deserve great praise for tho excellent
arrangement of the dinner. Jesse
Houck, tho chairman of the committee
of arrangements was everywhere exer
cising a general supervision for the
accommodation of those at the
tables.
After dinner the audience again
resorted to tho stand and off-hand
speeches were made by E. K. Ander
son, Judge Prim, Judge Tolraan and
Capt Thomas Smith. Thus the third
re-union of the Pioneers was ended for
the day, and tho general verdict of
those present was that the occasion
was most enjoyable in all respects and
the ctesire of all that tho annual re
union of tho society may be perpetua
ted. ' h:
iJirouTAXT to rAU5Ji:ns
The ''Rural Press," referrin
ing tthe
sent year's
prevalence of rust in the present ye:
wheat crop, calls to mind the fact that
in some localities the potato rot has al
so made its appearance. "Tho time
was when potato rot was unknown.
So too, with blight, rust and weavel,
in wheat, but we now know they exist
as a fact, and experience teaches us
that there is a cause and if this be
true, is thero not a remedy? There is
but little doubt, but that Oregon is to
day afflicted to a certain extent with
at least three of these undesirable draw
backs, the potato rot, blight and rust
in wheat As htated by us in our pa
per, a few numbers back, the year the
potato rot made its appearance in Ger
many the season was a wet one, and we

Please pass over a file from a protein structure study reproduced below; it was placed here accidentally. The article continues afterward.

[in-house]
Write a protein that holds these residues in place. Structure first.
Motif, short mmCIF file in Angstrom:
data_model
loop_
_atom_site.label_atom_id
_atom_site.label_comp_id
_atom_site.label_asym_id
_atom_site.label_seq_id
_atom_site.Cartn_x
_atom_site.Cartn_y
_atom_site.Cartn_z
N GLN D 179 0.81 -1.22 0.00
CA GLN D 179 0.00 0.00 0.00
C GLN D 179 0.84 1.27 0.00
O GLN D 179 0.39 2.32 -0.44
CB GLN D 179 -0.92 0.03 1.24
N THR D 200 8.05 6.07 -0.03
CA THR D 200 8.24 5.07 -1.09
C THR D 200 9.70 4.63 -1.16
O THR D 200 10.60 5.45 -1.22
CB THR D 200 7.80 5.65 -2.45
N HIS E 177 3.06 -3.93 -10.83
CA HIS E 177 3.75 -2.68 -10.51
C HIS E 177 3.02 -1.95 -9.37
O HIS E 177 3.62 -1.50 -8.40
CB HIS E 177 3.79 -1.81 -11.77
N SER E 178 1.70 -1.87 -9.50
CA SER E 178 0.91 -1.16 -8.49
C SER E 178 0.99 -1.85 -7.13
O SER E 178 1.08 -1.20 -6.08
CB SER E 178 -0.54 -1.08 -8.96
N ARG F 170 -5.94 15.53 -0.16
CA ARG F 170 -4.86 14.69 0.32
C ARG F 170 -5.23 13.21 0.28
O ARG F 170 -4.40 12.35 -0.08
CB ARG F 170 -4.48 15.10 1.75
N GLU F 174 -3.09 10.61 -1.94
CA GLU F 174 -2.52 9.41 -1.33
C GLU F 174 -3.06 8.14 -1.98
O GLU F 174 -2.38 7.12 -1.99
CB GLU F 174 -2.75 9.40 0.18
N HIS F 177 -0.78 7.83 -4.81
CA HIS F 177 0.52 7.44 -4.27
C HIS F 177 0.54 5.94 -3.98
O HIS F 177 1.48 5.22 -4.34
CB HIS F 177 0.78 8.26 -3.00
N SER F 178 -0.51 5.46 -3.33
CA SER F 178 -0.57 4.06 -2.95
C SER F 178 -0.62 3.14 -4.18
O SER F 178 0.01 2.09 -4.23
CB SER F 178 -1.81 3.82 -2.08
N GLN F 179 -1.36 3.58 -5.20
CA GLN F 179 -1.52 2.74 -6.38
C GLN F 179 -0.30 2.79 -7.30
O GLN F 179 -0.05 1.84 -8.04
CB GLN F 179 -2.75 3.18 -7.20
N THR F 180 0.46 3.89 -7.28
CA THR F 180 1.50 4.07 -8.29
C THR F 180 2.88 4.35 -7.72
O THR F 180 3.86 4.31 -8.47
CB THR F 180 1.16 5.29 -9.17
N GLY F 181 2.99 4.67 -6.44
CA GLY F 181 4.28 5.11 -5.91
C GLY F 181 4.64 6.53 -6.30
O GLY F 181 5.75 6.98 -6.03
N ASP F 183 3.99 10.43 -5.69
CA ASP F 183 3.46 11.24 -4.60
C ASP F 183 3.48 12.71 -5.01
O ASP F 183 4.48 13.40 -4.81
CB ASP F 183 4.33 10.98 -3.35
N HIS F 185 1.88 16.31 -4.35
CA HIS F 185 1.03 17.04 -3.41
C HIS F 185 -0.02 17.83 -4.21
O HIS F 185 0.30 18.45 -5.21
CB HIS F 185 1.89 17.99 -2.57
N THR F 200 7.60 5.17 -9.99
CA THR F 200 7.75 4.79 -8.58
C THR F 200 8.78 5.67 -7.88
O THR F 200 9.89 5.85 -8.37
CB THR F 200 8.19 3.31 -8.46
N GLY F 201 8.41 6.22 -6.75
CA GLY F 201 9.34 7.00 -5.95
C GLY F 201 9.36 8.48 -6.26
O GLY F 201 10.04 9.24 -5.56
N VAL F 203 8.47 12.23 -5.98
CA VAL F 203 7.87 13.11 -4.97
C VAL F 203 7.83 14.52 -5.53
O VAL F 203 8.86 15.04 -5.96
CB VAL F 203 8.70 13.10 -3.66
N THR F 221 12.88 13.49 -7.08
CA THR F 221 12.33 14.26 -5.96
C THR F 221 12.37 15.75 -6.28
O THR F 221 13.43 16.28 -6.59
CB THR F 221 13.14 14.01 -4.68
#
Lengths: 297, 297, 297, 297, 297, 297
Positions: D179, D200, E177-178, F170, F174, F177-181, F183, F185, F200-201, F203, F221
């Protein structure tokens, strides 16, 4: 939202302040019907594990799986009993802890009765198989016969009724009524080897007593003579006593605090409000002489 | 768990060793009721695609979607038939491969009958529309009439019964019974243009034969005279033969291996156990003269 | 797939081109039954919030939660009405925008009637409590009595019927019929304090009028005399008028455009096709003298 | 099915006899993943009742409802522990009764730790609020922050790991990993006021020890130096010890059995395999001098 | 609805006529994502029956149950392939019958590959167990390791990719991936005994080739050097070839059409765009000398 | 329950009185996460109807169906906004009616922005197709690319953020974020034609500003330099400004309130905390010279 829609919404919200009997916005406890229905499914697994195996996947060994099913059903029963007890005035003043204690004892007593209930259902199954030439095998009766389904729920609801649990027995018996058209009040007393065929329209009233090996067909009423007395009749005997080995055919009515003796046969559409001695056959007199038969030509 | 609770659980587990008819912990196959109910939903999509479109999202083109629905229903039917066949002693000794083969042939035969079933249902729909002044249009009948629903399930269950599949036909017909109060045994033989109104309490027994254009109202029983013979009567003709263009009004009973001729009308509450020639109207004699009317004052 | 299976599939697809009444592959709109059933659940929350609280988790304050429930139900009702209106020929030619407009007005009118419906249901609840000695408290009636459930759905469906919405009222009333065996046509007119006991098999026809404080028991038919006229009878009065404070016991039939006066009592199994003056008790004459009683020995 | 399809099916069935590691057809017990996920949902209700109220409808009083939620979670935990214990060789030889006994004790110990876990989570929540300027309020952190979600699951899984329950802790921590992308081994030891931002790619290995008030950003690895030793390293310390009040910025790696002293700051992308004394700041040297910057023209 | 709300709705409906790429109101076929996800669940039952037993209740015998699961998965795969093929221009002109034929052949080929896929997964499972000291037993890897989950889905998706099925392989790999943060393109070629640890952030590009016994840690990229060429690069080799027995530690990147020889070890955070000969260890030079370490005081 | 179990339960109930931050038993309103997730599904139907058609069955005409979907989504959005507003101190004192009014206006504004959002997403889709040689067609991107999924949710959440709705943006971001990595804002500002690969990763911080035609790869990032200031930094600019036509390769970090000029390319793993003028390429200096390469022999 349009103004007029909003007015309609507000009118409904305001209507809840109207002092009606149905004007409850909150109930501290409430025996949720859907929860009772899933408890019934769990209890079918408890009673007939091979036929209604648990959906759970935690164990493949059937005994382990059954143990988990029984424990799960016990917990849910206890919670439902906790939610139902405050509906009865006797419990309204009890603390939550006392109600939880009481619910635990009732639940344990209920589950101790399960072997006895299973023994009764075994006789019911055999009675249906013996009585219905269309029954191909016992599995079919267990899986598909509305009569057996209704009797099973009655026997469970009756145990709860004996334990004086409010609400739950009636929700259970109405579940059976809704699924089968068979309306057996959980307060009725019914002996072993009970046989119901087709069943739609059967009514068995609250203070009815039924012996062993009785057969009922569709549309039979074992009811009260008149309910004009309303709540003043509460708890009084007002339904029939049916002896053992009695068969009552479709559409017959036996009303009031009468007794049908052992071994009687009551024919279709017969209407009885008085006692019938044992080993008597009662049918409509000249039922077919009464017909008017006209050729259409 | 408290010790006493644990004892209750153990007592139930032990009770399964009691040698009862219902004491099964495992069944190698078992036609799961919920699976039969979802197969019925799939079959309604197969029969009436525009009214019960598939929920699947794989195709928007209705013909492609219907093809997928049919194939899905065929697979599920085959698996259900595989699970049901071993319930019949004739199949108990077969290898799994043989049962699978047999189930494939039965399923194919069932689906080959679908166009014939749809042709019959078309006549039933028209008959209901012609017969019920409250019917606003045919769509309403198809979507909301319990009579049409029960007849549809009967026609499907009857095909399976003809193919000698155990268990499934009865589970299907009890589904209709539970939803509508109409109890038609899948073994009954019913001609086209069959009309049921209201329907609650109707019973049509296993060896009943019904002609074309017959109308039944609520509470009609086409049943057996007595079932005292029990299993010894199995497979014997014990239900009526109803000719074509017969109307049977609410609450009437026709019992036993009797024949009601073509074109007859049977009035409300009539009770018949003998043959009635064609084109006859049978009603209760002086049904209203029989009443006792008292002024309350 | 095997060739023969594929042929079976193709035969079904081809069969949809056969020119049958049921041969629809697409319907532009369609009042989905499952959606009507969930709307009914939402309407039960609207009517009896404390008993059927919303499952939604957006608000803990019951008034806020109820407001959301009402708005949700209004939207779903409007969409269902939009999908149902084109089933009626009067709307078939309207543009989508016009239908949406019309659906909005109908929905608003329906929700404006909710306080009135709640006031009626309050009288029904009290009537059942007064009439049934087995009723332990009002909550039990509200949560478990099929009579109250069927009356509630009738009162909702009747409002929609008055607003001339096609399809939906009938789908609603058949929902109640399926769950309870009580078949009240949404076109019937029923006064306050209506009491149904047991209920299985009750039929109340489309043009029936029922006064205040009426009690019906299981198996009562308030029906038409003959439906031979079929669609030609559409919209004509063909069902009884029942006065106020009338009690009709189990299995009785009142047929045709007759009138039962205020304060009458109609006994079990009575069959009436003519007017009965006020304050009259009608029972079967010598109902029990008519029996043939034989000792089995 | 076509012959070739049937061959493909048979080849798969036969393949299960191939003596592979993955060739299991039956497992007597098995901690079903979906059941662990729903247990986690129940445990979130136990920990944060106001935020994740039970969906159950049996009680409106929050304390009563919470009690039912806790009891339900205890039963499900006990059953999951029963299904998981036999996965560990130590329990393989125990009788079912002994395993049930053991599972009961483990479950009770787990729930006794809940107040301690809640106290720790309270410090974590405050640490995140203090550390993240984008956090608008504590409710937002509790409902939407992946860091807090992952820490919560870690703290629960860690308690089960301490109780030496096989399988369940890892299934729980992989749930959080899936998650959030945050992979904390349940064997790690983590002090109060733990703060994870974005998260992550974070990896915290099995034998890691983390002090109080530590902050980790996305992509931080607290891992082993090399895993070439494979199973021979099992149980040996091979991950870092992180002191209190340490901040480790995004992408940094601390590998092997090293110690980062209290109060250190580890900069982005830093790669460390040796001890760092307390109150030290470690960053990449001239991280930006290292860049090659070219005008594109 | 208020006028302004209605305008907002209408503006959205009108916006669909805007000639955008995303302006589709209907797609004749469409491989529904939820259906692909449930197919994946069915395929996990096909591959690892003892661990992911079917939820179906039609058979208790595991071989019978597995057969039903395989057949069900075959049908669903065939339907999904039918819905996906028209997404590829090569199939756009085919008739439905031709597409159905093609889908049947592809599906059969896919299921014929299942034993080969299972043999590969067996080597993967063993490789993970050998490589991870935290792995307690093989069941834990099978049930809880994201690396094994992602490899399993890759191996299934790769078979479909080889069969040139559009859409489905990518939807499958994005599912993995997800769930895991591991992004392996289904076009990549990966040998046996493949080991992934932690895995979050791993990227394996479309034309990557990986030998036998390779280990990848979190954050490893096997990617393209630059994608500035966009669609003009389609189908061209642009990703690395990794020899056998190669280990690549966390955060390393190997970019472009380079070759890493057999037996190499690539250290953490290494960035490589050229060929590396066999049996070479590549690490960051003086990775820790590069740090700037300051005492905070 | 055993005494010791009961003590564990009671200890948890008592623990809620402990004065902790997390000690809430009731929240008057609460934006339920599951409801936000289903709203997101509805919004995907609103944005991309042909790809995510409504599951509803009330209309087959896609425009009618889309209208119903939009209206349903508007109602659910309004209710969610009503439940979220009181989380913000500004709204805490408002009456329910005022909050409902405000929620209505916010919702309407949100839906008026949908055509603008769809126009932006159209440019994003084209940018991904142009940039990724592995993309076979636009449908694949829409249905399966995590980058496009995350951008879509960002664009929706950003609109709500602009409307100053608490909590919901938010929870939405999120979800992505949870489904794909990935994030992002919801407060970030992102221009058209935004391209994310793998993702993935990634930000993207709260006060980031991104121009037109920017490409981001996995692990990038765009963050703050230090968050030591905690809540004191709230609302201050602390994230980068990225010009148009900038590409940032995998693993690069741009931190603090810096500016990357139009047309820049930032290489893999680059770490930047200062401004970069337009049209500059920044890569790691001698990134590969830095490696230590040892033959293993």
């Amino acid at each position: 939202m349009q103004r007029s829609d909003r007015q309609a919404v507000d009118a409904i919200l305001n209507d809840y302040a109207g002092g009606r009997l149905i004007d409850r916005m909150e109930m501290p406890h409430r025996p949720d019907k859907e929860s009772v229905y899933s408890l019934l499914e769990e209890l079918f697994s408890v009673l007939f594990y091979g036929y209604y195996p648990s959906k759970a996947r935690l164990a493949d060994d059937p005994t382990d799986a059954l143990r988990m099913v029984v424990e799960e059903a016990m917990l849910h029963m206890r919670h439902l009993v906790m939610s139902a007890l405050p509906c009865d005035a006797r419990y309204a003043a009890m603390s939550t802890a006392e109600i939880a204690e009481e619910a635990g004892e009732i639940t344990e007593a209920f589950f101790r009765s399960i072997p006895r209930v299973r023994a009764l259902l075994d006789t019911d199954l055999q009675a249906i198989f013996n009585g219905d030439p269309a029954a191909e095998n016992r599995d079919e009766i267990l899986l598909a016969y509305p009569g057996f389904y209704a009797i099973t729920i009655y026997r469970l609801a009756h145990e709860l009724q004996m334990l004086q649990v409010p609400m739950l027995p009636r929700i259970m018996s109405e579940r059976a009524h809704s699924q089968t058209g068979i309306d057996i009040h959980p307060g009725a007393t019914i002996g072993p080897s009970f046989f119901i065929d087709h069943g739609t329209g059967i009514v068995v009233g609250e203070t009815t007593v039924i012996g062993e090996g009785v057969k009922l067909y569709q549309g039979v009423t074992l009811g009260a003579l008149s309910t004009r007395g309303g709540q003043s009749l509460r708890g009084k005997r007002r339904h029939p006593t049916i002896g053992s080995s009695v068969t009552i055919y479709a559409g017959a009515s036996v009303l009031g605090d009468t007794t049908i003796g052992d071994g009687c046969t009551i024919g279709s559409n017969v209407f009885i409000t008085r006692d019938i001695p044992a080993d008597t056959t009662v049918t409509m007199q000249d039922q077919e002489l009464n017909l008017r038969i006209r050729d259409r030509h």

find without doubt that the three af
flictions are traceable to the same
cause as a general rule. Now if this
bo so. would it not be wise for each
farmer to at once make preparation to
adopt some plan of drainage."
Readers will remember the murder
of Judge Chrisholiu in DeKalb,
Mississippi, a year ago last April.
The victim's only crime was that he
was a Republican. For this grave of
fence he was set upon by a brutal
mob and shotto death. His daughter
and little son attempted to shield their
father and were also brutally slain.
The murderers are now on trial and
the details of the horror, as given in
tho evidence, are without parallel in at-
trocity even in that land of cut throatr
and bulldozers. The trial will bo on
ly a farce. Justice wilf never over
take that class of criminals until they
meet at the cannon's mouth with the
strong arm of federal authority to ap
ply the match.
Dixon, who was assassinated by the
"Regular Democratic party" in Yazoo,
Mississippi, recently, was young when